If there is one question that seems to stand above all others, particularly in the combat sports (and specifically in the UFC, where all combat sports merge under the brightest spotlight), it is simply this: What makes a great champion?
Perhaps a better question would be to ask what makes a champion great, but once again, it usually depends on whom you ask and when. After all, not long ago you could ask that question, and many would cite Junior dos Santos as an example of a great champion. But now that he has been dethroned, it seems his conqueror, Cain Velasquez, is wearing all that luster.
Of course, one criterion might be found in the rule that says a champion isn’t really a champion until he defends his title, and that seems to be accepted—at least by the fighters themselves—as conventional wisdom.
And who am I to argue with the men and women that make it all possible?
When compiling this list, I was forced to weigh different titles in opposition and decide which ones carried more weight: Is a champion with two tournament victories and a heavyweight title (but no defenses) worth more than a champion with no tournament victories but two title defenses?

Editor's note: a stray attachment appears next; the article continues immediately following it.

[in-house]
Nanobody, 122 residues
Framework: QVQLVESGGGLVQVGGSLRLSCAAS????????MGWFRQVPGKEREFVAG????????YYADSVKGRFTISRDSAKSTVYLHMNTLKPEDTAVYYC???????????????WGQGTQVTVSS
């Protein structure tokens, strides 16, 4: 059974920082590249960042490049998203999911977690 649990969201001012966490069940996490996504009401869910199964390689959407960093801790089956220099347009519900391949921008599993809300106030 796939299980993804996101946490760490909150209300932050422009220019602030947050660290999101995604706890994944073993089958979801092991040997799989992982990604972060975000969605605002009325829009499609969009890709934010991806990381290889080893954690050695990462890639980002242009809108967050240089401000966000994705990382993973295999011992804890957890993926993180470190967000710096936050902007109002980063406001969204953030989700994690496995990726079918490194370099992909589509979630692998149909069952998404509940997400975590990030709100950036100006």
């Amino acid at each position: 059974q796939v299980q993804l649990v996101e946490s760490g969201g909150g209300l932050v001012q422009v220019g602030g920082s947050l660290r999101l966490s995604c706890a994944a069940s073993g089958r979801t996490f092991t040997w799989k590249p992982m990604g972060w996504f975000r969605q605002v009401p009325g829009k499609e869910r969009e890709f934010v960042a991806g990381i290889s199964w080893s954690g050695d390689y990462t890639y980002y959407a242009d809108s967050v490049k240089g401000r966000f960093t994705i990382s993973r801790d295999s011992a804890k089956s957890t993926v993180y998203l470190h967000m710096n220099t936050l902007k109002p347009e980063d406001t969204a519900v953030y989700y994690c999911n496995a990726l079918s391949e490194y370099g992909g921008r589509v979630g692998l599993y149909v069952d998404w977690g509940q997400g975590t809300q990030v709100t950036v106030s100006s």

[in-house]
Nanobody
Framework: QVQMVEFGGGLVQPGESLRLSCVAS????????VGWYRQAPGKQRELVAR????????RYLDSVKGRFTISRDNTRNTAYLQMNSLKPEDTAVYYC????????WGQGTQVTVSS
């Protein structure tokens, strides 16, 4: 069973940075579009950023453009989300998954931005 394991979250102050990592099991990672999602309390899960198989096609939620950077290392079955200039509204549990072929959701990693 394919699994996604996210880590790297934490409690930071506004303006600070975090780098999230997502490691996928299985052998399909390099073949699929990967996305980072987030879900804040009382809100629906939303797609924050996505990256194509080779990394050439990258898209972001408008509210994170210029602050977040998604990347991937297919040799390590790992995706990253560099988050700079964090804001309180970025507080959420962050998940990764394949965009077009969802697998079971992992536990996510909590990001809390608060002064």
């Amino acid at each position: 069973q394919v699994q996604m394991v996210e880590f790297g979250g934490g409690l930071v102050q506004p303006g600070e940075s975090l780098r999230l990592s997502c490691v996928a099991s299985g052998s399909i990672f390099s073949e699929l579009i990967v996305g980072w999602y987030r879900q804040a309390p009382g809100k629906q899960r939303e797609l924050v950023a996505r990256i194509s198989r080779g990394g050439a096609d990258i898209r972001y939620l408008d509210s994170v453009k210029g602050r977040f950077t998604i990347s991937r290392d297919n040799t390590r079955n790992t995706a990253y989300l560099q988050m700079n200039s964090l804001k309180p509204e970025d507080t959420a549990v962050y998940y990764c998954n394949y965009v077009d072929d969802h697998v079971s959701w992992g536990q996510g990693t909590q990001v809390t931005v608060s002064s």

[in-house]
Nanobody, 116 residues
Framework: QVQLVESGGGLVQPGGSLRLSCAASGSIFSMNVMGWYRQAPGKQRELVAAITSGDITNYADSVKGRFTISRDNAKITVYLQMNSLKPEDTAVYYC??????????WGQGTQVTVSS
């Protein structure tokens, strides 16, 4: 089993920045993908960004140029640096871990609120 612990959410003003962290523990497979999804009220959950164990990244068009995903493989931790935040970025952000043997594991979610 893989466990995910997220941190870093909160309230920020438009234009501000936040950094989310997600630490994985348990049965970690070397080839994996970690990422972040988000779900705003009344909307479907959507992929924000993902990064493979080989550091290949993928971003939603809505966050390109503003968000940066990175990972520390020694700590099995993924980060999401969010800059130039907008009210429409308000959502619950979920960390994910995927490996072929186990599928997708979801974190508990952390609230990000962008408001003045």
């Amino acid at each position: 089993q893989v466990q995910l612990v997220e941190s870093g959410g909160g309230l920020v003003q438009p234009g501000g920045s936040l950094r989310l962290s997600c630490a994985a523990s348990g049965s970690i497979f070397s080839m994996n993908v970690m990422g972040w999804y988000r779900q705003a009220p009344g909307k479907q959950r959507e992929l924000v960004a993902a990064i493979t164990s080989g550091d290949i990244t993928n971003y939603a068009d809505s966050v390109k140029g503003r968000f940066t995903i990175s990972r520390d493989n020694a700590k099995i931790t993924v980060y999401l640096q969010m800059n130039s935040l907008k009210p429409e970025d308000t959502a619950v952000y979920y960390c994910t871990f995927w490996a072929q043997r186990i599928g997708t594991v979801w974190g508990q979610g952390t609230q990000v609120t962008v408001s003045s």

These are the kinds of questions that hound any such list, and the UFC has seen several kinds of titles as they have evolved, not to mention the renaming and restructuring of weight divisions, etc.
Still, there must be a way to quantify who is the greatest champion in the history of the UFC and who comes in second and so on.
In keeping with that ambition, I present this list that humbly attempts to rank every fighter to ever wear UFC gold, based upon his as champion. The more titles a champion has had, the higher his ranking, and the same goes with title defenses, and, of course, the manner in which he dispatched of his opposition is also considered.
In the case of UFC gold (or any gold, for that matter), less is not always more, and more fights in one night is not always a greater accomplishment than single fights over the course of a champion's career.